Preprint Article Version 2 This version is not peer-reviewed

Decide Now or Wait for the Next Forecast? A Decision Framework Based on an Extension of the Cost-Loss Model

Version 1 : Received: 13 February 2020 / Approved: 16 February 2020 / Online: 16 February 2020 (13:28:53 CET)
Version 2 : Received: 7 May 2020 / Approved: 8 May 2020 / Online: 8 May 2020 (04:28:30 CEST)

How to cite: Jewson, S.; Scher, S.; Messori, G. Decide Now or Wait for the Next Forecast? A Decision Framework Based on an Extension of the Cost-Loss Model. Preprints 2020, 2020020217 (doi: 10.20944/preprints202002.0217.v2). Jewson, S.; Scher, S.; Messori, G. Decide Now or Wait for the Next Forecast? A Decision Framework Based on an Extension of the Cost-Loss Model. Preprints 2020, 2020020217 (doi: 10.20944/preprints202002.0217.v2).

Abstract

Users of meteorological forecasts are often faced with the question of whether to make a decision now based on the current forecast or whether to wait for the next and hopefully more accurate forecast before making the decision. One would imagine that the answer to this question should depend on the extent to which there is a benefit in making the decision now rather than later, combined with an understanding of how the skill of the forecast improves, and information about the possible size and nature of forecast changes. We extend the well-known cost-loss model for forecast-based decision making to capture an idealized version of this situation. We find that within this extended cost-loss model, the question of whether to decide now or wait depends on two specific aspects of the forecast, both of which involve probabilities of probabilities. For the special case of weather and climate forecasts in the form of normal distributions we derive a simulation algorithm, and equivalent analytical expressions, for calculating these two probabilities. We apply the algorithm to forecasts of temperature and find that the algorithm leads to better decisions relative to three simpler alternative decision-making schemes. Similar problems have been studied in many other fields, and we explore some of the connections.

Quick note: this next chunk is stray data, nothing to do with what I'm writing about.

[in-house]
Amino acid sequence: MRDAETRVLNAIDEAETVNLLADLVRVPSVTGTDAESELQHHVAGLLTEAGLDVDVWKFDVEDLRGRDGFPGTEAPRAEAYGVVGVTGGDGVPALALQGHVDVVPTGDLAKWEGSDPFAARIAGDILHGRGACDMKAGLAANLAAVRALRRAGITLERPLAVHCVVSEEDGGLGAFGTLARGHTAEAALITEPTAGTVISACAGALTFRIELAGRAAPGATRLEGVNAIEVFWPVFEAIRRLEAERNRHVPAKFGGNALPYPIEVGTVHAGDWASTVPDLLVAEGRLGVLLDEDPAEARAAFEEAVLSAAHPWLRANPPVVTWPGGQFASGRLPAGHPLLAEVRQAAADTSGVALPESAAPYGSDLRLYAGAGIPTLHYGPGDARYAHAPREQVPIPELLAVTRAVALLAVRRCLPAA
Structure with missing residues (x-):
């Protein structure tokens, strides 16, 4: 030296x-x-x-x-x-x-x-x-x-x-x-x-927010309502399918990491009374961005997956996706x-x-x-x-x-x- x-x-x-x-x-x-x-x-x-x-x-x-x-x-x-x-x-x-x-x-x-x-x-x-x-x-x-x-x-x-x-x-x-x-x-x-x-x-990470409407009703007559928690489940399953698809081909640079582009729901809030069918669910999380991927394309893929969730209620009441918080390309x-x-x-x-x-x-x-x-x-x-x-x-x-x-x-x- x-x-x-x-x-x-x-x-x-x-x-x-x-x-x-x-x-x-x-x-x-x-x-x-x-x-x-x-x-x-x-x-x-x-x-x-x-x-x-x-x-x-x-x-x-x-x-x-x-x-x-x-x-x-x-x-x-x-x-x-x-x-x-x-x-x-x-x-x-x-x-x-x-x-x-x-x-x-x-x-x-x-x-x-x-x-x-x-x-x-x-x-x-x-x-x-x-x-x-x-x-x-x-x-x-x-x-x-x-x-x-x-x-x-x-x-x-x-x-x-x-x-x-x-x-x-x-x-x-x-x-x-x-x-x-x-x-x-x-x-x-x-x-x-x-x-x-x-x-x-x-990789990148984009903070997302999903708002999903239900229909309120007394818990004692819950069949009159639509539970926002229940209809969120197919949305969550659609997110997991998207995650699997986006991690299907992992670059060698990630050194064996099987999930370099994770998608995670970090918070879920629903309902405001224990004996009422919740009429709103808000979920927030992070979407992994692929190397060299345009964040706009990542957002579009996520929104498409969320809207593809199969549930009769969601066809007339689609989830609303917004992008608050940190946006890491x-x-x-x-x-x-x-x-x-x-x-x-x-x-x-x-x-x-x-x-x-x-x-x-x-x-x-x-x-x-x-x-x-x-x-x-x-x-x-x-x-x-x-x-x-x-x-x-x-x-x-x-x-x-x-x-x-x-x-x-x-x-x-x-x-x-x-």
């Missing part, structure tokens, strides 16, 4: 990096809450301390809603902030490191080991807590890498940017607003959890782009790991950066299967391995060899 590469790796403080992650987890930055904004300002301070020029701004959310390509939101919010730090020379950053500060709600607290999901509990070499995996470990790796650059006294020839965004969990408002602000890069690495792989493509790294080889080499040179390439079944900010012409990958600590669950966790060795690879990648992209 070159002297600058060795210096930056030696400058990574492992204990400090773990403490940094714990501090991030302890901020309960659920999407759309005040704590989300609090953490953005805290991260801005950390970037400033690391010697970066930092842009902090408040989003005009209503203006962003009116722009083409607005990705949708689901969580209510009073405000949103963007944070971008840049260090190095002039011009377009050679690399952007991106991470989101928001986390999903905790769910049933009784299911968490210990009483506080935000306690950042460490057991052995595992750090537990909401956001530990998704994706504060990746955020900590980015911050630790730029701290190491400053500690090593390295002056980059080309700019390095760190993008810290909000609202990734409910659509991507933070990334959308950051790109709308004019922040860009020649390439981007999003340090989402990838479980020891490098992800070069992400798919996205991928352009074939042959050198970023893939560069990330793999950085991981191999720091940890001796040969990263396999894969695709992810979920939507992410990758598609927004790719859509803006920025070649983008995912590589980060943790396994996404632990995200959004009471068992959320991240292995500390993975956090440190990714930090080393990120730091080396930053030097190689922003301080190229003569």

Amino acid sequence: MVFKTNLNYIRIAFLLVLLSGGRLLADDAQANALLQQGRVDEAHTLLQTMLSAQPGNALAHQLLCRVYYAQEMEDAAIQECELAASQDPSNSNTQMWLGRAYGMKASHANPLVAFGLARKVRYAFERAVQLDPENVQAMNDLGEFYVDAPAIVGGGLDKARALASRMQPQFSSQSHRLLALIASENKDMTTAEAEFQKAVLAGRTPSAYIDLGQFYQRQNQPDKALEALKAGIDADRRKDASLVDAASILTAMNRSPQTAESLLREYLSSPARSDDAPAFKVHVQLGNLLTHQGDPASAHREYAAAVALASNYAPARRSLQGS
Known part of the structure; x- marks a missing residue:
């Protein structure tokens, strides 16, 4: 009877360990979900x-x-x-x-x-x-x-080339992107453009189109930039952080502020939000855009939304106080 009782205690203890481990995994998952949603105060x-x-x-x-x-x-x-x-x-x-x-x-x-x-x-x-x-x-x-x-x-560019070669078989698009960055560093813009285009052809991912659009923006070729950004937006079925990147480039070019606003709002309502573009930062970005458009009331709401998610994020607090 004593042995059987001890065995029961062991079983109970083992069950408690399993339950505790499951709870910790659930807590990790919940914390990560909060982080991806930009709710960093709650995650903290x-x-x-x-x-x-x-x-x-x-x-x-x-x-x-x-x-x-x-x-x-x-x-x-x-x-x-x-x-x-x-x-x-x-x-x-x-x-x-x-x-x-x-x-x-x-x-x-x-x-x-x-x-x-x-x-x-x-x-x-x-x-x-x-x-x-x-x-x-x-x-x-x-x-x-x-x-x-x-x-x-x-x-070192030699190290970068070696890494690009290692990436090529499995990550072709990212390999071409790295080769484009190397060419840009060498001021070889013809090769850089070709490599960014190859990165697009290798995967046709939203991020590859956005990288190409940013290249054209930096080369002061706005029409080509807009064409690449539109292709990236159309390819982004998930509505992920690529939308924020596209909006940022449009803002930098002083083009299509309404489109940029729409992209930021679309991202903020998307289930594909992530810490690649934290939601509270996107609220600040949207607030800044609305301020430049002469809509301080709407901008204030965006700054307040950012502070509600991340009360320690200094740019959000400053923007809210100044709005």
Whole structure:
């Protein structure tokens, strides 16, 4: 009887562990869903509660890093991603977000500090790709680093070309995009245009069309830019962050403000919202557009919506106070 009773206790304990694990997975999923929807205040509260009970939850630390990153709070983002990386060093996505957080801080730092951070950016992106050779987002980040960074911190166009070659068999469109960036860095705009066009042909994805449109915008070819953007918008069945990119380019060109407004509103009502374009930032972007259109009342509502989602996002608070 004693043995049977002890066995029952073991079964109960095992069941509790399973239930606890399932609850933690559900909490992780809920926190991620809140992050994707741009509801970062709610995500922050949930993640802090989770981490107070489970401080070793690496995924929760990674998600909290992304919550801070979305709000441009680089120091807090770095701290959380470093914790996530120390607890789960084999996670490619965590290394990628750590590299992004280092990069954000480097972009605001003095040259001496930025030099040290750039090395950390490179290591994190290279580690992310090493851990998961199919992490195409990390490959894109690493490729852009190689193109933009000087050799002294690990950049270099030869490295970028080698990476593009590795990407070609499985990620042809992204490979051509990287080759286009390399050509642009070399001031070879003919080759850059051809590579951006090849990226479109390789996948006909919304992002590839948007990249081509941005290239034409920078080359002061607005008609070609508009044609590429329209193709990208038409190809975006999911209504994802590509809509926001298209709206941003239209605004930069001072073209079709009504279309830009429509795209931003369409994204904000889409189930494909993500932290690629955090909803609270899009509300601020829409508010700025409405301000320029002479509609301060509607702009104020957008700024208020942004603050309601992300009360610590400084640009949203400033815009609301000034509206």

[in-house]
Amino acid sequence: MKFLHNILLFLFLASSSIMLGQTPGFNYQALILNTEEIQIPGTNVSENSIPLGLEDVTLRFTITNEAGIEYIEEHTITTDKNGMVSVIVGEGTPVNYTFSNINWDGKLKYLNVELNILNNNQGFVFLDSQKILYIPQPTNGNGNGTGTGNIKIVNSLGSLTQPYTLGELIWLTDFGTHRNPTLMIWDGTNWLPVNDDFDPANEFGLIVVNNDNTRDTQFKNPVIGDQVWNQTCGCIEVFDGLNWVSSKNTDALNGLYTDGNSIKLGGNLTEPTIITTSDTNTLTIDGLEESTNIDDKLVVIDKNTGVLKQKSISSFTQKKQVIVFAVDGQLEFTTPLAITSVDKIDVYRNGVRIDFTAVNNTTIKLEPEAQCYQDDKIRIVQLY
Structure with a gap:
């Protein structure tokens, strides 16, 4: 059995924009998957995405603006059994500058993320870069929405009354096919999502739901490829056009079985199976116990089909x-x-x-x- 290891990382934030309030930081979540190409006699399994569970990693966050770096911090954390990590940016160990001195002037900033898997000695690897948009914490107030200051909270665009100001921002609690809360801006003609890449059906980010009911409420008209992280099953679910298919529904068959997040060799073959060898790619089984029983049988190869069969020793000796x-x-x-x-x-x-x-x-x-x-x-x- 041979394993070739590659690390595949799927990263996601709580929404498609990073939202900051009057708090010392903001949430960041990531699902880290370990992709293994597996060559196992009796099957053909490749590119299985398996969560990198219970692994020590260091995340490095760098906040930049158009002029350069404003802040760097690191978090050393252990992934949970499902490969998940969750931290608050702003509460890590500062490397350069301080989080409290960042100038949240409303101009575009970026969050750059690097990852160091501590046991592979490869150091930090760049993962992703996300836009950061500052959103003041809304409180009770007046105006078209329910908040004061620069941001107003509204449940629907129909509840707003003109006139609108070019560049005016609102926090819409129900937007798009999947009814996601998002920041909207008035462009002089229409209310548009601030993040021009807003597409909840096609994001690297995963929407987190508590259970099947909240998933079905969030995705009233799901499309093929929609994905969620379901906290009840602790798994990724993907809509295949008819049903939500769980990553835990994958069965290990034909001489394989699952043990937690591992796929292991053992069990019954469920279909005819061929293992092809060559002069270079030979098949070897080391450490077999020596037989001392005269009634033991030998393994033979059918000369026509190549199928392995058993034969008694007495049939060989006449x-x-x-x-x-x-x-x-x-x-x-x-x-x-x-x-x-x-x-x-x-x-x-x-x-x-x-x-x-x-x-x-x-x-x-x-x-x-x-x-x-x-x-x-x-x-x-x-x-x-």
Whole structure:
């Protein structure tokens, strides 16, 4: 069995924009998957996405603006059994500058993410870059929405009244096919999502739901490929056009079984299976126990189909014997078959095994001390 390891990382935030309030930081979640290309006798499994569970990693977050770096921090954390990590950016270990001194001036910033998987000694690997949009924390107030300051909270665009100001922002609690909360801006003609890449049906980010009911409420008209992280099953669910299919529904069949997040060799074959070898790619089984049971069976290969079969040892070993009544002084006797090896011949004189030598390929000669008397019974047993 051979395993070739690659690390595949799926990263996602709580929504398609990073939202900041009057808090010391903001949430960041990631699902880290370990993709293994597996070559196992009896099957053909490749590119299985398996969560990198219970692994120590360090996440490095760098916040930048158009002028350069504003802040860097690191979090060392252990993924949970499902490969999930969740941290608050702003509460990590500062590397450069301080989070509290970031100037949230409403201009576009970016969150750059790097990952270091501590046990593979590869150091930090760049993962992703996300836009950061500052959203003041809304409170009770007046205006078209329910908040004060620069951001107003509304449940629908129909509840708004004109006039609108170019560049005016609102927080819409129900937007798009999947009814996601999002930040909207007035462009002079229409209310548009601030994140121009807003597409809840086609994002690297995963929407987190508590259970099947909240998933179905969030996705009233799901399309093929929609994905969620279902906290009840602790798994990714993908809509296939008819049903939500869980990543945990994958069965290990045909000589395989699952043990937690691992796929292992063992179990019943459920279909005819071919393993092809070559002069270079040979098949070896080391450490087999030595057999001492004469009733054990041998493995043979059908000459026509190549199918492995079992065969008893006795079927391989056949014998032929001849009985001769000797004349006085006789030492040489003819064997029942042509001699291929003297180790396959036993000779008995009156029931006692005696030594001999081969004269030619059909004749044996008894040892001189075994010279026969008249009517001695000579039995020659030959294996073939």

Subject Areas

cost-loss; forecast change; forecast volatility; decision making; expected utility; probabilistic forecasts; ensemble forecasts

Comments (1)

Comment 1
Received: 8 May 2020
Commenter: Stephen Jewson
Commenter's Conflict of Interests: Author
Comment: 1) We've described now connections to similar methods in other fields in more detail at various points in the article.2) We've described an alternative solution method based on numerical integration rather than simulation3) We've used a different data set for the example. The results are now much better and very clearly show that the method we describe leads to better decisions.
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